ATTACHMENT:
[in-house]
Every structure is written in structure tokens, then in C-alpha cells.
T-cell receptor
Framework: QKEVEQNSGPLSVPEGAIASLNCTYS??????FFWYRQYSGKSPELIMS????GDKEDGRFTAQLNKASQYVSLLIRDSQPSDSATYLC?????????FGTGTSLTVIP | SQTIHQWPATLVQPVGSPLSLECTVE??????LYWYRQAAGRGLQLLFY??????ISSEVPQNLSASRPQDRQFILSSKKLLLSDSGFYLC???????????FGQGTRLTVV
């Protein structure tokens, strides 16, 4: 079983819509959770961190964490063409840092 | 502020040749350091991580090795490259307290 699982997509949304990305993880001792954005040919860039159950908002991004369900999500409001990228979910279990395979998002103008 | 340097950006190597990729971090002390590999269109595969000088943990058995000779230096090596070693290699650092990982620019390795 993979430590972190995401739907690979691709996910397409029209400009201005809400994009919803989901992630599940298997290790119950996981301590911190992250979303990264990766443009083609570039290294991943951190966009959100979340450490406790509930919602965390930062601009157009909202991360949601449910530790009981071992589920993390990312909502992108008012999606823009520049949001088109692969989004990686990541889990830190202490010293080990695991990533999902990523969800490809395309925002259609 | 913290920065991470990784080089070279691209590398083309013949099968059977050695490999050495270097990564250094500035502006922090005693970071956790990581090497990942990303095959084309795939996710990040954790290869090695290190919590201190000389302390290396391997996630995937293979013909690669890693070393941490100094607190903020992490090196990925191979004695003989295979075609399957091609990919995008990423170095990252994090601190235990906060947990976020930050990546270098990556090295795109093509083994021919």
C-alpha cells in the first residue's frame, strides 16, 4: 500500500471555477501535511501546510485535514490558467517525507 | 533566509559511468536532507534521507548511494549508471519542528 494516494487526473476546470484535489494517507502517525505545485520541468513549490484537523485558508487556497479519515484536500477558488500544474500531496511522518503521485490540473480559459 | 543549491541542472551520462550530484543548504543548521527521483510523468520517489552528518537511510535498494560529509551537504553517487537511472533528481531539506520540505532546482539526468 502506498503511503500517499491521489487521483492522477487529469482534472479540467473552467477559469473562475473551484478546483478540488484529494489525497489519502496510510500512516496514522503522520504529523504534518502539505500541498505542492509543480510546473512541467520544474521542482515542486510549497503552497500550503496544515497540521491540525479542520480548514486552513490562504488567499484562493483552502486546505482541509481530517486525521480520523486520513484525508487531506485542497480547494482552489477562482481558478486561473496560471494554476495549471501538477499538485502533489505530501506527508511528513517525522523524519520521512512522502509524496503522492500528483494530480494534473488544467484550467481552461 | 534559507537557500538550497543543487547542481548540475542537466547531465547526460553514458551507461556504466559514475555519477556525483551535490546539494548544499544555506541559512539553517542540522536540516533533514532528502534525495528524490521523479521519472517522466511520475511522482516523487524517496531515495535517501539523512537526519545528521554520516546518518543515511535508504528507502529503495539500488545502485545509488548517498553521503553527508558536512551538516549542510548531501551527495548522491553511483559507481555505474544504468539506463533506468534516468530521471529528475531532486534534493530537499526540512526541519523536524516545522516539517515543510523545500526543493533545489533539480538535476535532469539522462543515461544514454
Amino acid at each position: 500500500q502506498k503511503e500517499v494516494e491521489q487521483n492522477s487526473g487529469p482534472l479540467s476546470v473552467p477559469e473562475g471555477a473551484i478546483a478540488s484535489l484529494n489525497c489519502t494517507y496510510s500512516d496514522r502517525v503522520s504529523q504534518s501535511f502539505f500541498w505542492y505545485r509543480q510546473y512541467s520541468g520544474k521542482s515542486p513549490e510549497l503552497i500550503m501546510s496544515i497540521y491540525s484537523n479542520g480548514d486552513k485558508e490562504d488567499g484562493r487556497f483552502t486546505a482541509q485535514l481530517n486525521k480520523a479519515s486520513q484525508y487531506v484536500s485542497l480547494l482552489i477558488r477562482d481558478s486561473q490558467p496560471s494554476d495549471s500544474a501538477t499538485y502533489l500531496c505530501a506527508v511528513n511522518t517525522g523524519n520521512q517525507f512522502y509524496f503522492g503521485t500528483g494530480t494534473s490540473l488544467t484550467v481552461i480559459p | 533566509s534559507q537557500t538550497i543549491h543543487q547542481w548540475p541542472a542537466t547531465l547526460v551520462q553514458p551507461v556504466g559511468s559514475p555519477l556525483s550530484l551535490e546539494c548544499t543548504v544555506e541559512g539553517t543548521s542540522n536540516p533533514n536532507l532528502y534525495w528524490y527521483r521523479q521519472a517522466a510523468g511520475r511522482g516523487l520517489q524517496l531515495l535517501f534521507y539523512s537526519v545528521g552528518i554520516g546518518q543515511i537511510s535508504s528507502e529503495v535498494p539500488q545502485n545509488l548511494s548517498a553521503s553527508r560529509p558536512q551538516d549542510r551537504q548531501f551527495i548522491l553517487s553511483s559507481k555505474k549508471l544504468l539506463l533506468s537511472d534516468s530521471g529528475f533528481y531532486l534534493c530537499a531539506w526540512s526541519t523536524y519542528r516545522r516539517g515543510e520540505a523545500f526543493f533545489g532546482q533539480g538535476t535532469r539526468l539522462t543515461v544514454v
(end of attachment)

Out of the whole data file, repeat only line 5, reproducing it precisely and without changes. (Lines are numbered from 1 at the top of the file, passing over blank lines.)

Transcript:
């Protein structure tokens, strides 16, 4: 079983819509959770961190964490063409840092 | 502020040749350091991580090795490259307290 699982997509949304990305993880001792954005040919860039159950908002991004369900999500409001990228979910279990395979998002103008 | 340097950006190597990729971090002390590999269109595969000088943990058995000779230096090596070693290699650092990982620019390795 993979430590972190995401739907690979691709996910397409029209400009201005809400994009919803989901992630599940298997290790119950996981301590911190992250979303990264990766443009083609570039290294991943951190966009959100979340450490406790509930919602965390930062601009157009909202991360949601449910530790009981071992589920993390990312909502992108008012999606823009520049949001088109692969989004990686990541889990830190202490010293080990695991990533999902990523969800490809395309925002259609 | 913290920065991470990784080089070279691209590398083309013949099968059977050695490999050495270097990564250094500035502006922090005693970071956790990581090497990942990303095959084309795939996710990040954790290869090695290190919590201190000389302390290396391997996630995937293979013909690669890693070393941490100094607190903020992490090196990925191979004695003989295979075609399957091609990919995008990423170095990252994090601190235990906060947990976020930050990546270098990556090295795109093509083994021919």